November 18, 2013
The Game of Morals The death penalty has been a great debate in recent years and the opposing sides have emerged to be morals or ethics versus cold hard logic. Both debates have valid points but this is an issue that each individual must figure out for themselves where they stand. The pros for the death penalty are economical, and also progressive. Progressive in the sense that the benefits of the death penalty are not immediate but they are seen down the line. The major con for the death penalty is that it is seen to many as immoral, because many believe that putting someone to death is wrong. Advocates against the death penalty believe that by allowing the death penalty wrongfully gives the government the ability to take the lives. Roughly 63% of Americans support the death penalty for convicted murderers so in this democratic county, would the government is wrong in allowing the death penalty (Saad)? The death penalty should be allowed in select circumstances, there are circumstances that most would agree deserve the death penalty.
The death penalty without a doubt has immoral implications to it but they do not outweigh the justice that the death penalty implements. The death penalty should be used in select circumstances such as premeditated murder. By definition premeditated murder is when the killing of another individual is planned and done so without regard of the other individual’s life. The death penalty fits this crime because the justice system demands for a punishment that fits the crime. In this case a person who willingly and knowingly took another individuals life has therefore forfeited their life to be judged, and tried. The death penalty is the only fair sentence for a murderer because of their actions. Those that oppose the death sentence could argue that this is morally wrong to kill this individual, but isn’t wrong to deny retribution to the loved ones of the victim?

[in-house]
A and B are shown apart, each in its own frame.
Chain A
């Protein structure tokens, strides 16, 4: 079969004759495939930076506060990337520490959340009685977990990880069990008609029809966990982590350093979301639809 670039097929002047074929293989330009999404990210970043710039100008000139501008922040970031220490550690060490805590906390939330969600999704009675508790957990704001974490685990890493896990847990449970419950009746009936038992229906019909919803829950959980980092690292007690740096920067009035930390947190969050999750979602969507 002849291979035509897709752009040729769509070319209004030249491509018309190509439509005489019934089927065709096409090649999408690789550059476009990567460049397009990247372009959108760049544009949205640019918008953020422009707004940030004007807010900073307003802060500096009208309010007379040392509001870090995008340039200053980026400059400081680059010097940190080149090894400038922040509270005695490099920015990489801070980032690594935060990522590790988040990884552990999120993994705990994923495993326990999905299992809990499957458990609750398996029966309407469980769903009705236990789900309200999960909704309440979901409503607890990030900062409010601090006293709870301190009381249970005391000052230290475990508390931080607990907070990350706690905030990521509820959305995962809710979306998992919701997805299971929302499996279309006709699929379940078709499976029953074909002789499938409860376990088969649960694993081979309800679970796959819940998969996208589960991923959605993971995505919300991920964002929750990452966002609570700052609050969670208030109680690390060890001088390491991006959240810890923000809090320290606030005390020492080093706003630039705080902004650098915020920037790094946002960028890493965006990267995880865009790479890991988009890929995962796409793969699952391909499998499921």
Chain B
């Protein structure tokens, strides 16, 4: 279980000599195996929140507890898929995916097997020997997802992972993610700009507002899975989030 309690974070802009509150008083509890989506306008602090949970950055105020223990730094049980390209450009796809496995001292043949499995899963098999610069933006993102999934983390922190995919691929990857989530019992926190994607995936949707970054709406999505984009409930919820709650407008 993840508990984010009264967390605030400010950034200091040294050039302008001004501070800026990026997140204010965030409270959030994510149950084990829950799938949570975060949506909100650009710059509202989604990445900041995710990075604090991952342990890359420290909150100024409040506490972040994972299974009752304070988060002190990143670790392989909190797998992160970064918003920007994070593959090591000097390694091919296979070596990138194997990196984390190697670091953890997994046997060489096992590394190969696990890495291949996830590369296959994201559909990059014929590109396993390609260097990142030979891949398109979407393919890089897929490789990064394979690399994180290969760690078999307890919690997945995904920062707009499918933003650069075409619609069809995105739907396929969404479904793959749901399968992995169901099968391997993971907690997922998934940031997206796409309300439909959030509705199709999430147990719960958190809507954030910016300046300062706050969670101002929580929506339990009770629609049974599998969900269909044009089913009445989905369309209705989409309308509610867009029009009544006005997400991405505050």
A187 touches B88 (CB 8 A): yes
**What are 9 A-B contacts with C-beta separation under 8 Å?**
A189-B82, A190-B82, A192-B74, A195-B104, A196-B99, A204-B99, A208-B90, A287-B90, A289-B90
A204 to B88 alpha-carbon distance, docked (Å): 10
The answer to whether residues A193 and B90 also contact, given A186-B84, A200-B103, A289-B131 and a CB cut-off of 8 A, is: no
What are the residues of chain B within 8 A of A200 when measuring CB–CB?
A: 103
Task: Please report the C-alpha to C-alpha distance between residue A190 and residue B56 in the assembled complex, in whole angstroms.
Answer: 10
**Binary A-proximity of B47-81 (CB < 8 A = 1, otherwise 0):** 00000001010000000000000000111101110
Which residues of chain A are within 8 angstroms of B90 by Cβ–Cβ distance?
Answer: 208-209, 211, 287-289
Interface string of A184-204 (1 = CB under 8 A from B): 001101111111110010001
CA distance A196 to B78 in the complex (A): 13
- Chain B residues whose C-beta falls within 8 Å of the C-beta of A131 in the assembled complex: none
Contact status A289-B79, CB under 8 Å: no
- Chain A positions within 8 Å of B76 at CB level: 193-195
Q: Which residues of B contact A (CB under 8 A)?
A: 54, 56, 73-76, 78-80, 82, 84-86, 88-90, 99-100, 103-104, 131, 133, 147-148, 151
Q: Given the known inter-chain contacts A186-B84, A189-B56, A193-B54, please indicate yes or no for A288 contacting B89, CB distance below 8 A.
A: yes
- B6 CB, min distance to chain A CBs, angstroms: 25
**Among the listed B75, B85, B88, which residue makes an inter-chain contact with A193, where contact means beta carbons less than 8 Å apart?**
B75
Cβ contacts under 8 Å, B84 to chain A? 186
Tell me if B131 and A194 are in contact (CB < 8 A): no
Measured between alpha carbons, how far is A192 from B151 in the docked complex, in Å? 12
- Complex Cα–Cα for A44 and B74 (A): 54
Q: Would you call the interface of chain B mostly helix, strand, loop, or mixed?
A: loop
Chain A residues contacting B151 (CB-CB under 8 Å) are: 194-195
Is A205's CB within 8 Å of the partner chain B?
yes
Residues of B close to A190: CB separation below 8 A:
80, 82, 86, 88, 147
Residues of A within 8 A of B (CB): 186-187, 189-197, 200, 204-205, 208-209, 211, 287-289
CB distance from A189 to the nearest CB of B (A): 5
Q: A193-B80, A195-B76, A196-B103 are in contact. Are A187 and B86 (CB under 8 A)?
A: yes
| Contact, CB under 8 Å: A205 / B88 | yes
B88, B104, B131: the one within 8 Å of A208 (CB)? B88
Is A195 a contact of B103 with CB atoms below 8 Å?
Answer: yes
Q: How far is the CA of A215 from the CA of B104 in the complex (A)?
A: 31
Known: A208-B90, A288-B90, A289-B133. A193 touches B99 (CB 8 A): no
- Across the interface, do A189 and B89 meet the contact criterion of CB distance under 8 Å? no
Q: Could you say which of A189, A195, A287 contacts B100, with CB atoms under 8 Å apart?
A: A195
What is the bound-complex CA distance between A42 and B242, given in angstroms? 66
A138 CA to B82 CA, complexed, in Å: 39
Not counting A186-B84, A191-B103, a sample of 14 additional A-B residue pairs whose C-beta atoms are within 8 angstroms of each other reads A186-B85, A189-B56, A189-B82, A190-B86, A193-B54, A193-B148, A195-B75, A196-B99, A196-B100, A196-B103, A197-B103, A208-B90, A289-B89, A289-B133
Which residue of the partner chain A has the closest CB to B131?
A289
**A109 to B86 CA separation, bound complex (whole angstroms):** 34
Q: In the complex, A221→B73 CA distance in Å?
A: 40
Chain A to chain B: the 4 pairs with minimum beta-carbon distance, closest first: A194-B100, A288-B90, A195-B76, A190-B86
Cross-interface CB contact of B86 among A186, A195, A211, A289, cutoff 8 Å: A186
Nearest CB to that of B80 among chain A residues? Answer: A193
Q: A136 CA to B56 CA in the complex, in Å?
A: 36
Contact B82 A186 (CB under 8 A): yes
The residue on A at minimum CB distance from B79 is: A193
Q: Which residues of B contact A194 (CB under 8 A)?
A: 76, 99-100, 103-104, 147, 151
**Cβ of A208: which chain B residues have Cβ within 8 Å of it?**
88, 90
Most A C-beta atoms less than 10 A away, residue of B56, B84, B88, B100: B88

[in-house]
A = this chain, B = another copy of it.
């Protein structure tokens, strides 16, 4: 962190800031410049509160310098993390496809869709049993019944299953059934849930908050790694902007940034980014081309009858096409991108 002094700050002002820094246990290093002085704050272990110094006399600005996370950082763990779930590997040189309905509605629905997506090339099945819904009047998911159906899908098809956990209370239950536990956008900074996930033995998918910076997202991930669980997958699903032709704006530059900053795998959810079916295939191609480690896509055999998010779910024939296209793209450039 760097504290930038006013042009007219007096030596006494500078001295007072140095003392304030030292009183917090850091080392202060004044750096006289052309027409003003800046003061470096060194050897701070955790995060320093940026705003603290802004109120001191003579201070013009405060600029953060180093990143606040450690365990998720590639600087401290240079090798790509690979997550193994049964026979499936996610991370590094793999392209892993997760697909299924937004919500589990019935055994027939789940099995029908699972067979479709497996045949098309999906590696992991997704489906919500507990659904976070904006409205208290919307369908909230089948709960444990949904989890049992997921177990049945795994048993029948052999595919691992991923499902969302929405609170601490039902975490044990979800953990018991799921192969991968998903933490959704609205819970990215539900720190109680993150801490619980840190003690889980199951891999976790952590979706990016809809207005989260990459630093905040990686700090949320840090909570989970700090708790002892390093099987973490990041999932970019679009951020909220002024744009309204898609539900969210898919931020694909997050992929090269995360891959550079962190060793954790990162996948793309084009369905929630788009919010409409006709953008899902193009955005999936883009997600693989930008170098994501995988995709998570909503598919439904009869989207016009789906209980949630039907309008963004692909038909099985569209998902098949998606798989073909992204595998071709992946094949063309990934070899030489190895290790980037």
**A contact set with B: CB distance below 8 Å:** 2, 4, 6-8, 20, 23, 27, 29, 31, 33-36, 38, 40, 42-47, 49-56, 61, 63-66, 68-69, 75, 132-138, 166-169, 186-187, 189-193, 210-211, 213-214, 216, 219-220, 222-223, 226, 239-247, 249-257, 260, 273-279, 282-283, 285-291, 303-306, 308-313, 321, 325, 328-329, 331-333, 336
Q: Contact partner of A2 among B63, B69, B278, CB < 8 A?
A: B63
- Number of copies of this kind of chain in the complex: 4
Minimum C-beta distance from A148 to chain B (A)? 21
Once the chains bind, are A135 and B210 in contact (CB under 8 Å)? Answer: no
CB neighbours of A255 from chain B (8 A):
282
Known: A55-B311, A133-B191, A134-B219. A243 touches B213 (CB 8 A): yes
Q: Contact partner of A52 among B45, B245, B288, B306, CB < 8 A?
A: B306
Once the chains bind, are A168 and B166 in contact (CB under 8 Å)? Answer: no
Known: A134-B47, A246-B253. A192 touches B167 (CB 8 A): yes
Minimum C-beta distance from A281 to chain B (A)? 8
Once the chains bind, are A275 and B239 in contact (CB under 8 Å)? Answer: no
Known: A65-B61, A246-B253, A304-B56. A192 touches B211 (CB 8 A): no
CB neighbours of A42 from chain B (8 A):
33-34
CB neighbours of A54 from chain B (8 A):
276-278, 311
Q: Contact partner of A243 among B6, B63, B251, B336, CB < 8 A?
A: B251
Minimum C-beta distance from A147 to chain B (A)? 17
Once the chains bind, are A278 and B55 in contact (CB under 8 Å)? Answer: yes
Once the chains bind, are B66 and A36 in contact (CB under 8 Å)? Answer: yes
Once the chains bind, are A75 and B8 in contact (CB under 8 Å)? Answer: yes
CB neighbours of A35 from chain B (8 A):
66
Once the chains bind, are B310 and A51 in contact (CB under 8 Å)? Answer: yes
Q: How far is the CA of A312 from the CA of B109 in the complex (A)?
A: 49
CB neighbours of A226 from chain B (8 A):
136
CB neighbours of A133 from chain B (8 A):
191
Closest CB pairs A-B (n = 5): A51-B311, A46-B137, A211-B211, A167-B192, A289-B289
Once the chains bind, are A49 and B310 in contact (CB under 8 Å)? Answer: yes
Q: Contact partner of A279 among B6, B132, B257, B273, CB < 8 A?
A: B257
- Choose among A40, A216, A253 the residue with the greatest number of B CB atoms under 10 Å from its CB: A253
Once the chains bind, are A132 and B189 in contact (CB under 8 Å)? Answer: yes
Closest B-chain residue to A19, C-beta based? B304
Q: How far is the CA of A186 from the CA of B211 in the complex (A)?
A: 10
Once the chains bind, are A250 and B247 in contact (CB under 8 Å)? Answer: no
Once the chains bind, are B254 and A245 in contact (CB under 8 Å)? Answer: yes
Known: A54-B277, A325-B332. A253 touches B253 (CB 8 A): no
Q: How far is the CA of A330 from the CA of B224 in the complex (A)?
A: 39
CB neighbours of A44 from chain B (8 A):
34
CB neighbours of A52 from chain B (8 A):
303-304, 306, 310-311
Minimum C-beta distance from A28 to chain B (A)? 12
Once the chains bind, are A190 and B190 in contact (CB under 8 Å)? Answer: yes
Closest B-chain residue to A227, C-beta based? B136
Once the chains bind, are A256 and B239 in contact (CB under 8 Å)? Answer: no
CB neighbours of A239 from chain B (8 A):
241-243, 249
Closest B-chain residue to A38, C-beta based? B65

The death penalty is more than just a sentence that the law uses as punishment but can also be a strong deterrent. It is human nature to fear mortality and that is why if the death penalty was better exercised, it may prevent other from committing such violent crimes. Along with being a deterrent, the death penalty would cover for our flawed prison system. An example of our flawed system can be seen in the case of Marlon Ricks, a convicted murderer who was released to commit violent crimes again. Ricks spent 20 years in prison after violently murdering his stepfather and assaulting a woman, in 1990. He was released in 2011 but roughly a year later he was charged for the murder of a Danielle Coleman very violently. Had the death penalty been a factor he may not have been able to serve his sentence to only return and take the live of another individual. Advocates against the death penalty may claim that everyone deserves a second chance there may have been circumstances for the original incident. In cases such as this it is clear that even a 20 year sentence to prison did not do much to change a psychopath’s behavior. The rehabilitation system is not the best deterrent for murderers, and has not statistically proven to be very effective. According to the Bureau of Justice Statistics “during 2007, a total of 1,180,469 persons on parole were at-risk of reincarceration” (“Recidivism”). Though the prison system is a possible solution for the epidemic of criminals, but it has not been an effective deterrent which the death penalty can be. The justification of the death penalty is also a huge issue within the argument about implementing the death penalty. Advocates against the death penalty strongly argue that there may inaccuracies in the judging process. There may not be enough evidence or support to give certain individuals the death penalty because there is no coming back from it. This argument can be countered in that, DNA analyzing system have been